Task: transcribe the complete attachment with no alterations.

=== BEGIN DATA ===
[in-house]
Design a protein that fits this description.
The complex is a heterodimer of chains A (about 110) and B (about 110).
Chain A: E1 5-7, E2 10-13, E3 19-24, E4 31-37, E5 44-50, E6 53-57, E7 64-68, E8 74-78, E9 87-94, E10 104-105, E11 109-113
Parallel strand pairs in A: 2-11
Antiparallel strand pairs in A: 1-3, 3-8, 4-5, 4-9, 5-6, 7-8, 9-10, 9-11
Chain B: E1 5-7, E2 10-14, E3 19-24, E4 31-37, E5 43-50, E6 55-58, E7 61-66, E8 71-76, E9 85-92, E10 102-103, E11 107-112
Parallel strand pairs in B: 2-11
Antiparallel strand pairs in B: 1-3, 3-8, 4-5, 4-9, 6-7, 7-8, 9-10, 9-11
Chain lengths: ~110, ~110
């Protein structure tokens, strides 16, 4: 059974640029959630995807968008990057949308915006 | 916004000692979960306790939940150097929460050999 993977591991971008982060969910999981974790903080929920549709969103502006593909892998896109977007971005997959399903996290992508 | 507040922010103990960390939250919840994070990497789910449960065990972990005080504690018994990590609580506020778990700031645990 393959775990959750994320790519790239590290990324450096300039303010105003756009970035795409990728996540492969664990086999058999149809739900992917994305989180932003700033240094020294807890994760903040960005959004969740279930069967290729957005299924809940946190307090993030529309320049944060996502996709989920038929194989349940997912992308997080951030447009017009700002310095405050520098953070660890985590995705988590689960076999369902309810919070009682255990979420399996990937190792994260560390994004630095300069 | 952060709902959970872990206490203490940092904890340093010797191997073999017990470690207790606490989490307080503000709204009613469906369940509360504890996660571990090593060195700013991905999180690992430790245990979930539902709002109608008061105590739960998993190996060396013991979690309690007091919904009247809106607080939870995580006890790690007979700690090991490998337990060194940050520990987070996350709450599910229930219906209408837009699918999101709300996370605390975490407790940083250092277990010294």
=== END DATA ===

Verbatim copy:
[in-house]
Design a protein that fits this description.
The complex is a heterodimer of chains A (about 110) and B (about 110).
Chain A: E1 5-7, E2 10-13, E3 19-24, E4 31-37, E5 44-50, E6 53-57, E7 64-68, E8 74-78, E9 87-94, E10 104-105, E11 109-113
Parallel strand pairs in A: 2-11
Antiparallel strand pairs in A: 1-3, 3-8, 4-5, 4-9, 5-6, 7-8, 9-10, 9-11
Chain B: E1 5-7, E2 10-14, E3 19-24, E4 31-37, E5 43-50, E6 55-58, E7 61-66, E8 71-76, E9 85-92, E10 102-103, E11 107-112
Parallel strand pairs in B: 2-11
Antiparallel strand pairs in B: 1-3, 3-8, 4-5, 4-9, 6-7, 7-8, 9-10, 9-11
Chain lengths: ~110, ~110
């Protein structure tokens, strides 16, 4: 059974640029959630995807968008990057949308915006 | 916004000692979960306790939940150097929460050999 993977591991971008982060969910999981974790903080929920549709969103502006593909892998896109977007971005997959399903996290992508 | 507040922010103990960390939250919840994070990497789910449960065990972990005080504690018994990590609580506020778990700031645990 393959775990959750994320790519790239590290990324450096300039303010105003756009970035795409990728996540492969664990086999058999149809739900992917994305989180932003700033240094020294807890994760903040960005959004969740279930069967290729957005299924809940946190307090993030529309320049944060996502996709989920038929194989349940997912992308997080951030447009017009700002310095405050520098953070660890985590995705988590689960076999369902309810919070009682255990979420399996990937190792994260560390994004630095300069 | 952060709902959970872990206490203490940092904890340093010797191997073999017990470690207790606490989490307080503000709204009613469906369940509360504890996660571990090593060195700013991905999180690992430790245990979930539902709002109608008061105590739960998993190996060396013991979690309690007091919904009247809106607080939870995580006890790690007979700690090991490998337990060194940050520990987070996350709450599910229930219906209408837009699918999101709300996370605390975490407790940083250092277990010294």